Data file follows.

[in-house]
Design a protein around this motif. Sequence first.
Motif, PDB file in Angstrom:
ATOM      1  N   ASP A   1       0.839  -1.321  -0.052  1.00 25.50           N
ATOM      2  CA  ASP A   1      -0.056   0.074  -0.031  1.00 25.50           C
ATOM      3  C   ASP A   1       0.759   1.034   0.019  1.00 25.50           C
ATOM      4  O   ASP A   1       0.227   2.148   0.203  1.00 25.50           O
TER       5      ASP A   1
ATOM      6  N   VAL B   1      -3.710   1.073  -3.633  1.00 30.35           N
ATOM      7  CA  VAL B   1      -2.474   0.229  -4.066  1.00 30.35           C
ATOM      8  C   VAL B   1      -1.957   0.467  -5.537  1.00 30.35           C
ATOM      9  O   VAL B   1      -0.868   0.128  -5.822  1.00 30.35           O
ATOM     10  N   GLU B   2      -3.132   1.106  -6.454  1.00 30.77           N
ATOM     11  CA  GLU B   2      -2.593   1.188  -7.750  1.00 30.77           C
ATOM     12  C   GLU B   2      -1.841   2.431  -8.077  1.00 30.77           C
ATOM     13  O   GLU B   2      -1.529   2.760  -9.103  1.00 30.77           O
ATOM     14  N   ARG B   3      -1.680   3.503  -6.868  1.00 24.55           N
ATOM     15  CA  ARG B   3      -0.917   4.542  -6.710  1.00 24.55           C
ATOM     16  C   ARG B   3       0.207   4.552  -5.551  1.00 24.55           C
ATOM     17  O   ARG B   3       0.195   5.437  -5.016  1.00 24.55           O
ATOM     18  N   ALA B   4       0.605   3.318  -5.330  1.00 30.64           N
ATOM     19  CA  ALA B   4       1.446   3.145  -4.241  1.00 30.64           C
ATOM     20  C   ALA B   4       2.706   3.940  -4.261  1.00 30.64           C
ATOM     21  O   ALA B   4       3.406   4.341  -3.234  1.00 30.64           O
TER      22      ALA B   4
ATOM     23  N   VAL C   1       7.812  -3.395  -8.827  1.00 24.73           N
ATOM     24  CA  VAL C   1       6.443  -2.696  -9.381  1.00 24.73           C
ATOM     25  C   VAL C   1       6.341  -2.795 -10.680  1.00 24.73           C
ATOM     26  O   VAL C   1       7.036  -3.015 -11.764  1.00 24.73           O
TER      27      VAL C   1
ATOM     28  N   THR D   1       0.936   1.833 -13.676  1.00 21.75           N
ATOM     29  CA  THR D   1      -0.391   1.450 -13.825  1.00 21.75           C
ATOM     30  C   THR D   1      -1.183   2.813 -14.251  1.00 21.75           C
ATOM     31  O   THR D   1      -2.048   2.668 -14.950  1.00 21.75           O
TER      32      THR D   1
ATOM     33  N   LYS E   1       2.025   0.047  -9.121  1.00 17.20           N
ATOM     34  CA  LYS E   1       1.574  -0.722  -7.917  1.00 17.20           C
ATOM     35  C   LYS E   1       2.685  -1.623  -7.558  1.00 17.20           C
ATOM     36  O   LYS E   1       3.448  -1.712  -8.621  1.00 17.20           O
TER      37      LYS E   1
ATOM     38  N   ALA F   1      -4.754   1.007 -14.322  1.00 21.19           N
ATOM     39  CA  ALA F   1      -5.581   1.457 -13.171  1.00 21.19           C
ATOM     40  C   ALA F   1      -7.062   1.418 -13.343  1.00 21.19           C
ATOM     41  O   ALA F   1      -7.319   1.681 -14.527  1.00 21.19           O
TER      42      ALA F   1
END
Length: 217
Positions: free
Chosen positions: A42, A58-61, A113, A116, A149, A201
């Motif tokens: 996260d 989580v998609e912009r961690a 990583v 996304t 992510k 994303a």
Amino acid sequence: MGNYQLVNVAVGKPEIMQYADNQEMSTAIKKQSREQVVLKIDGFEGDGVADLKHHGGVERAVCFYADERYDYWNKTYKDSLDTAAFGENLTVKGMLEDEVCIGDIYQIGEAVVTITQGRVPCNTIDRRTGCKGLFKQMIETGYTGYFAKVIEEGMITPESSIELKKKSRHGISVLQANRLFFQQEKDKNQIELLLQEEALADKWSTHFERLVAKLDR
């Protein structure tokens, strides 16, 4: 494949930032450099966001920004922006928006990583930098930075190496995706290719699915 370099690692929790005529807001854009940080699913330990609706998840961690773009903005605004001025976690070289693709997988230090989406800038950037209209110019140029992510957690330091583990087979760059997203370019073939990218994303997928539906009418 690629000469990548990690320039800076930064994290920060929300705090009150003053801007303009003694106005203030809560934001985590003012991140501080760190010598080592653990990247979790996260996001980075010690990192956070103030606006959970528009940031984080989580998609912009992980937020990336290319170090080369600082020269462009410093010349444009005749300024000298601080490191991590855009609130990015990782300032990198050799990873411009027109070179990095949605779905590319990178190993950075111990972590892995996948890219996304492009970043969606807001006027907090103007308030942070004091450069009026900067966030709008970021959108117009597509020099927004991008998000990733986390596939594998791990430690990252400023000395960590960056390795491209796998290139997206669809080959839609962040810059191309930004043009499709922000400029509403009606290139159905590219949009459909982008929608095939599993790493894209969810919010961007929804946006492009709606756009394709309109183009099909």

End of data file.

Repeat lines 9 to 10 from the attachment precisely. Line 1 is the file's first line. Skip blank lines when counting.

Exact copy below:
ATOM      6  N   VAL B   1      -3.710   1.073  -3.633  1.00 30.35           N
ATOM      7  CA  VAL B   1      -2.474   0.229  -4.066  1.00 30.35           C